La Familia and Divorce – A basic introduction to culturally based issues when working with Hispanic clients

Culture is color. It’s also flavor and scent. It gives our society an added spark in the form of Mexican restaurants and Irish festivals, beautiful Sari’s and spicy salsa dancing. Culture is a truly beautiful thing. And with culture come deep seeded belief systems. In a society in which the law applies to all in “cookie cutter” format, this can, and does, cause serious conflicts. It is far too easy to simply respond to these conflicts with “you’re in America; you do it our way or go home”. For many culturally diverse groups, America is their home… and their culture is their way of life. Responding in this fashion too often results in violated court orders, sanctions, incarceration, resentment, anti-American sentiment, and death. This article is not intended to justify any cultural beliefs over others or to say that our laws should accommodate each individual’s cultural ways. My hope is that, after reading this article and the series that follow, you will gain a greater insight on the role culture plays in our legal system and how to create a process and solutions that takes these factors into account while still operating within US and California laws.

In order to identify signs that your case may have a cultural element to it, you need to have some understanding of the culture you are working with and the level of acculturation of your particular clients. Most Latin American cultures are based on Spanish traditions and beliefs, typically the result of prolonged occupation. Such occupation influenced the country’s religion, government, and education. As a result, the Catholic Church, controlled, and to this day continues to control, most aspects of life, including state and federal law. My parents, for example, immigrated from Colombia, South America. Prior to 1974, marriages there could only be performed by the Roman Catholic Church or other religious group, and divorces for such unions were not permitted. It was not until the Colombian Constitution of 1991 that divorces were allowed for marriages performed by the Catholic Church.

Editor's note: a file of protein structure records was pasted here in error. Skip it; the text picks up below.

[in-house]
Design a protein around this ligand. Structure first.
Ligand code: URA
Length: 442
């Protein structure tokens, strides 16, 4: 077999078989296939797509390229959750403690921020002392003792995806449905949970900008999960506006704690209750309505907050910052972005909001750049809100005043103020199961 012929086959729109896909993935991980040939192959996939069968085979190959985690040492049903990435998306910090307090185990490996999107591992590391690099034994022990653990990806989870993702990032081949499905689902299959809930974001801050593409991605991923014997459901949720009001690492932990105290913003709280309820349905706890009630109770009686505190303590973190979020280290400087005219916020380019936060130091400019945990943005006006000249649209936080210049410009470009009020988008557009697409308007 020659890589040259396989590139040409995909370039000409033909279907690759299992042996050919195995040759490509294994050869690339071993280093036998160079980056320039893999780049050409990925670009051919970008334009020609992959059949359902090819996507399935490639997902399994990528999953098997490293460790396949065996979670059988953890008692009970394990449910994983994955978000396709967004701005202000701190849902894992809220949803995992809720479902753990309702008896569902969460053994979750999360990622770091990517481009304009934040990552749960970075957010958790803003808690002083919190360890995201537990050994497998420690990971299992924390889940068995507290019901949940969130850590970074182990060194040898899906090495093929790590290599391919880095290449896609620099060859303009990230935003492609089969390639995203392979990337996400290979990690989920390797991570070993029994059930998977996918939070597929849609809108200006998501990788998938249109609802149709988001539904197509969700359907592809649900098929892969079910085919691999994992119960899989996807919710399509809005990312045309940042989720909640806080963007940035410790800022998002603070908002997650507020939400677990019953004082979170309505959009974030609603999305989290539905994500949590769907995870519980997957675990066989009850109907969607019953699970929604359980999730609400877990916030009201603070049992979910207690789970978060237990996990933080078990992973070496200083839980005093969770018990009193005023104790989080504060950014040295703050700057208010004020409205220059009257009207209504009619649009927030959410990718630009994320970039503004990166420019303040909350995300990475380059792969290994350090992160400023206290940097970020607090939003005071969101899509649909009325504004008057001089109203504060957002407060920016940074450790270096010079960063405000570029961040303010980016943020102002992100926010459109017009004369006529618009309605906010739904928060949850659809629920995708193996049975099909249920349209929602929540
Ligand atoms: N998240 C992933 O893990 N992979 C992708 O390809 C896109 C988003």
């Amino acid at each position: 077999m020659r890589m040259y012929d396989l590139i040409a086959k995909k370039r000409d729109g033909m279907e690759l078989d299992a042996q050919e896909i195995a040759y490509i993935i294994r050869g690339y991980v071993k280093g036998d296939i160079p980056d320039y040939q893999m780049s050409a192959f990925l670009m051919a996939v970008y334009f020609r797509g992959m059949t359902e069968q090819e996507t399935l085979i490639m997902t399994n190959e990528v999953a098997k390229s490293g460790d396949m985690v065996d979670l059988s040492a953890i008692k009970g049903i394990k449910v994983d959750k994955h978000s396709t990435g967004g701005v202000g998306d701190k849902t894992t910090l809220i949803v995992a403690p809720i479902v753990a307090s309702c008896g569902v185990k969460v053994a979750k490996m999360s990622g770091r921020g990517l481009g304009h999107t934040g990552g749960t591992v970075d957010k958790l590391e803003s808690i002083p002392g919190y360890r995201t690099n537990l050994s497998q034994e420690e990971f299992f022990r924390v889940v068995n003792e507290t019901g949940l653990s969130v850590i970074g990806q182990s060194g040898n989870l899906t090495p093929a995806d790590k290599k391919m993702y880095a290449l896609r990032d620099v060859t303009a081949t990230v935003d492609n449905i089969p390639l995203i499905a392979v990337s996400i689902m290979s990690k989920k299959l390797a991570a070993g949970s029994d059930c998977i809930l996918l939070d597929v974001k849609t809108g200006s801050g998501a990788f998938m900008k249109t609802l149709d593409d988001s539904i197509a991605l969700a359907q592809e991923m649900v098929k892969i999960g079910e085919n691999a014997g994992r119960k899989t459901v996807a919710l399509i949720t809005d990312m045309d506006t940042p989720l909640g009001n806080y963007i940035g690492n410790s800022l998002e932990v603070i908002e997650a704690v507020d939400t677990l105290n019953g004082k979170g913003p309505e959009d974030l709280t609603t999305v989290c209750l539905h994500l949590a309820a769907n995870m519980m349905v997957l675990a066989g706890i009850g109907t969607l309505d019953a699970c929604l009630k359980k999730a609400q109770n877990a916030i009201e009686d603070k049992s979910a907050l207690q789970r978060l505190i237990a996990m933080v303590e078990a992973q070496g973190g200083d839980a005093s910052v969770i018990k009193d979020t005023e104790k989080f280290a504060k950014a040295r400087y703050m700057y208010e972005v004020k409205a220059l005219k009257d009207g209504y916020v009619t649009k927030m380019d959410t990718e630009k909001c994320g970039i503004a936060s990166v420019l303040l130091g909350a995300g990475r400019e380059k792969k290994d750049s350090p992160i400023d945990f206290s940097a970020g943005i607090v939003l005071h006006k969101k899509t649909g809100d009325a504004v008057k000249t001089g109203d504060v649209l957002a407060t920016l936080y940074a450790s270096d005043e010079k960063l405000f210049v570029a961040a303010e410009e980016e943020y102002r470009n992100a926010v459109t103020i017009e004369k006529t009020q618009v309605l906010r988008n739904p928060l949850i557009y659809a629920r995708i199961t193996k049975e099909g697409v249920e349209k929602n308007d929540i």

Although divorce is on the rise in most Latin American cultures, it is still viewed as a sin, carrying with it great social and moral stigmas. In fact, most Spanish literature that discuss divorce, do so as a sin to be avoided. The emphasis is on marriage as a holy union, and eternal. Annulment is the only accepted method of dissolution. But the requirements and process for annulments are extremely burdensome so as to serve as a deterrent.